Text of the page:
You leave a legacy of health to your children that extends well beyond the DNA you give them, believe it or not. You also model health-related behaviors and attitudes to others. Here are five suggestions to help your children live a healthier lifestyle.
1. Create awe for the human body.
Many adults are afraid of their bodies and mistrust them. They think the body is weak and that sickness is just around the corner. The belief that if you walk outdoors without a coat, you will get a cold endures. When you look in the mirror and remark to no one in particular, “I’m so big,” your children are paying attention.
Your body is the most amazing mechanical system on the planet. Cuts heal without your intervention. Your immune system serves as your own homeland security system, guarding you from bacterial and viral terrorists. Yes, sickness is a normal part of life. And we offer potent therapies that support your body’s natural healing capacity. However, even with modern medication, it is your body’s capacity to fight diseases like the common cold that provides tangible proof of its resilience.
Make a remark on your child’s amazing physique. “Wow, that wound healed so quickly!” or “You have such powerful, quick legs,” or “Look at what your hands can draw.” Remind your youngster how fortunate they are to have such healthy eyes, kidneys, and hearts.
2. Enlist your child’s help in becoming a student of the human body.
Your children will approach to you with inquiries about the functioning of their bodies. When you don’t know the answers, it may be stressful for both you and your kid. This discomfort may educate youngsters to avoid asking questions about how their bodies function, which may explain in part why parents are hesitant to ask physicians uncomfortable questions.
Keep in mind that no one person has all of the answers. That is why your doctor attends continuing medical education classes. Your kid may bring back memories of the excitement of discovery. You may seek solutions together. When I told my kid that bones produce blood, he inquired, “What about animals with exoskeletons?” “What a fascinating subject,” I replied. Let’s go on the Internet and see what we can find.” Keep a child-appropriate literature on the anatomy on hand, and learn and use anatomically accurate vocabulary. You might have a family contest to see who can come up with the most creative medical word.
3. Instill in your children the importance of listening to their bodies.
Adults are often rewarded for disregarding or suppressing bodily cues. The “hero” who arrives at work with the illness or the mother who ignores her child’s need for food or sleep. Health is maintained when you recognize the signs that your body is out of balance and react appropriately when your body suggests that it need something.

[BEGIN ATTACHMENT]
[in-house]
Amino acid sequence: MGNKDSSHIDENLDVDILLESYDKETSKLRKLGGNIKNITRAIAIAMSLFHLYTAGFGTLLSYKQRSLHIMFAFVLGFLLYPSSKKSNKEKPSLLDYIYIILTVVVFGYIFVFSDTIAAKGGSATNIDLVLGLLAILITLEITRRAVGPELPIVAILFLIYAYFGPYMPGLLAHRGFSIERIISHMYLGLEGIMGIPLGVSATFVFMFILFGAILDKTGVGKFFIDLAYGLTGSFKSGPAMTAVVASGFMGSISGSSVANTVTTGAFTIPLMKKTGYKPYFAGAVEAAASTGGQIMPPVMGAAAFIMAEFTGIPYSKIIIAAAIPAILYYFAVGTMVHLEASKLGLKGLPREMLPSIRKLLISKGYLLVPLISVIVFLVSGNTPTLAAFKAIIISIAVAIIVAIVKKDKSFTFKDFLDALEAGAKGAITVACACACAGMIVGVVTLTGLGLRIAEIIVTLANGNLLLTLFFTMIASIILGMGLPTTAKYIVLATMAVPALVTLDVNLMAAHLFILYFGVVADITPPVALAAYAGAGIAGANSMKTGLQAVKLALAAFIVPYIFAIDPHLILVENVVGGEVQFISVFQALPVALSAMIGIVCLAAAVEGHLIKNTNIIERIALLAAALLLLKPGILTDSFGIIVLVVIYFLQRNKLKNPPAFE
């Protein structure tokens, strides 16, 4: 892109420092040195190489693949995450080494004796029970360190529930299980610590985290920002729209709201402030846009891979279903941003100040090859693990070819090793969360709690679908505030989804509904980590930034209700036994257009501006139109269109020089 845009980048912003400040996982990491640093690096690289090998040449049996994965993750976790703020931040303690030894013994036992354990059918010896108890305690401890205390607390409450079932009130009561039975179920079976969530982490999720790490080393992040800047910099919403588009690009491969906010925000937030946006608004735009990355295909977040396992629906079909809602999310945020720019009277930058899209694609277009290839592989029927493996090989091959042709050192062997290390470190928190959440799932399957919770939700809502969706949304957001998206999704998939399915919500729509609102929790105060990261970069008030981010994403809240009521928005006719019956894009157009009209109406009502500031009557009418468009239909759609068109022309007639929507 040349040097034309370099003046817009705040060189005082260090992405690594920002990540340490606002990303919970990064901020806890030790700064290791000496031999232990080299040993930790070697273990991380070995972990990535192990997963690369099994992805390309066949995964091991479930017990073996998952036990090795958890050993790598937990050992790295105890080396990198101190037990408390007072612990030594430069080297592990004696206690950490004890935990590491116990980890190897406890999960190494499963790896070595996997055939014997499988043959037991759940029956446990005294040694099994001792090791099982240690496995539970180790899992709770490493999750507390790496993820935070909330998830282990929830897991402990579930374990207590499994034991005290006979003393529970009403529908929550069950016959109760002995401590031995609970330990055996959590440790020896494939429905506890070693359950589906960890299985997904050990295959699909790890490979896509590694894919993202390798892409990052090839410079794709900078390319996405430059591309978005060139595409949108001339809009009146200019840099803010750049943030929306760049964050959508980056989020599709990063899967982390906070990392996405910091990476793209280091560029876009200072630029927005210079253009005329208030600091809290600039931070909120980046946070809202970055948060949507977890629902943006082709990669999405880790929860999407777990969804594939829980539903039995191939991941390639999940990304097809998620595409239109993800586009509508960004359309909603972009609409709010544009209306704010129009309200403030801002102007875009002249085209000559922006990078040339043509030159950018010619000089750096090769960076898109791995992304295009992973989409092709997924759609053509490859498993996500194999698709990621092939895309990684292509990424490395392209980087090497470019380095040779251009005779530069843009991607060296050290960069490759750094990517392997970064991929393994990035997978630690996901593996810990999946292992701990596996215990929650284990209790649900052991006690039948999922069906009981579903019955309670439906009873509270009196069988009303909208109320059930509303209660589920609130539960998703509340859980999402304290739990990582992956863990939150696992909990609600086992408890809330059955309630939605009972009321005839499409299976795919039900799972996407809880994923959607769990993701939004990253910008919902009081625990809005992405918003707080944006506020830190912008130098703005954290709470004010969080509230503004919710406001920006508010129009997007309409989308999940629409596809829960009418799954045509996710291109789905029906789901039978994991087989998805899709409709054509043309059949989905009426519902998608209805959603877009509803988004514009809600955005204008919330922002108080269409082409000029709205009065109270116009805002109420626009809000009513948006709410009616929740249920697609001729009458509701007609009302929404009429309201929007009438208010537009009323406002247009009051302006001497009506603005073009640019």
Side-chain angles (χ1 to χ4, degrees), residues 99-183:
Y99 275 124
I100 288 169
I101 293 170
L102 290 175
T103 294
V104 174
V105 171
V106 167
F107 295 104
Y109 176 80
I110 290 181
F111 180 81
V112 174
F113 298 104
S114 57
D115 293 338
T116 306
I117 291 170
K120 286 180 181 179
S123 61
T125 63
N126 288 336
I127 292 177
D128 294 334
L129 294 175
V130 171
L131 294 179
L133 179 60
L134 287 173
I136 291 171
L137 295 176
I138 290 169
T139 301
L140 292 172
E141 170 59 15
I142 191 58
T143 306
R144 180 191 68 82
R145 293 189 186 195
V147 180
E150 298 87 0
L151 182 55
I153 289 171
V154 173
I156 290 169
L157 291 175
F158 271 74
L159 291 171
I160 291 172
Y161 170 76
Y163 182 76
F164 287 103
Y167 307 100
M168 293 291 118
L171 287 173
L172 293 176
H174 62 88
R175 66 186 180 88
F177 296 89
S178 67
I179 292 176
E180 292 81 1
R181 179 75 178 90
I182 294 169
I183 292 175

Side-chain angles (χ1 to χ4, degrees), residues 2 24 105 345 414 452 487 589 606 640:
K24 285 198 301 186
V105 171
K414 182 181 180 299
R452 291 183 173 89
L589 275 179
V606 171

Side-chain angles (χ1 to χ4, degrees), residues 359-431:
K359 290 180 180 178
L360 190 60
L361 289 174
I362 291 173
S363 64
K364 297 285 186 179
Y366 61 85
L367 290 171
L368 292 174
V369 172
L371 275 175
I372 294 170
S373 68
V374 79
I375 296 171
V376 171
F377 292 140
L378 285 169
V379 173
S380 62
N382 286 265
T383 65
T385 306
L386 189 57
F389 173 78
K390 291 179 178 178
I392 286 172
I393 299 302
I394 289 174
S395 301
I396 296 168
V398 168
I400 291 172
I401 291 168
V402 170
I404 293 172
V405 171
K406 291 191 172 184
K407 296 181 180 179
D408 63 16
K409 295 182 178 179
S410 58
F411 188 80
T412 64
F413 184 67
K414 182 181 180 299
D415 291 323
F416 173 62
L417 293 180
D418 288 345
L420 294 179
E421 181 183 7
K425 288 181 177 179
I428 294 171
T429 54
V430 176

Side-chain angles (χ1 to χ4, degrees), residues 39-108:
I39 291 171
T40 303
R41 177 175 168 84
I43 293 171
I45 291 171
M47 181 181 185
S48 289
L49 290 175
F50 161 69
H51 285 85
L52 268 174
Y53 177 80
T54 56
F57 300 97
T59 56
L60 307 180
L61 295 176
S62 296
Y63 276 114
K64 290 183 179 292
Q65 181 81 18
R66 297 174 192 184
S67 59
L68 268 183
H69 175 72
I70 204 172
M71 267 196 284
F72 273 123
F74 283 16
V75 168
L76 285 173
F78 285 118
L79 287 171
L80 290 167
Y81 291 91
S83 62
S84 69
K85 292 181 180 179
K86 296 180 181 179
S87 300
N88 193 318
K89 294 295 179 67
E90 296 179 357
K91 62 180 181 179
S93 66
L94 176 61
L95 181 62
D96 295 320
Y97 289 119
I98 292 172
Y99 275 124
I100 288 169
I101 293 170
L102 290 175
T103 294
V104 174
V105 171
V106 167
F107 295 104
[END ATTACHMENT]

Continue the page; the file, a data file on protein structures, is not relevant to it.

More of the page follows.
Assist your children in recognizing signs of being chilly, hungry, or weary. “You seem hot, therefore I’m taking off the blanket,” you may even tell a newborn. Allow your kid to practice controlling his exterior surroundings, such as putting on and taking off sweaters. Teach your children that suffering exists to protect them. “Owies aren’t pleasant, but they prevent you from burning yourself over the stove or cutting yourself with a knife.” This is how your body warns you to be cautious.”
4. Set a good example by eating healthily.
Obesity in children is becoming more of an issue. Discuss the benefits and drawbacks of various food options with your children. Encourage them to ask themselves, even if there is still food on the plate, “What type of food is my body hungry for right now?” and “Am I full?” Pay attention to whether your child is a grazer or a three-square-a-day eater, and create an eating plan that matches their eating habits. Determine if it is OK to sometimes consume unhealthy foods. When I asked my kid about the nutritional benefits of his doughnut snack, he said, “It’s soul food!”
5. Give more weight to health than sickness.
Some of my favorite childhood memories are of being ill. My mother inadvertently rewarded sickness by lavishing attention on me, bringing countless bowls of ice cream, and playing games with me in an attempt to alleviate my discomfort. Who wants to be sick?
Instead, while your children are well, shower them with attention. While you don’t want to penalize your children for being ill, think about which health benefits should be revoked on sick days.
You have given your children the basis of health when you instill in them a feeling of pride, curiosity, and respect for their body.
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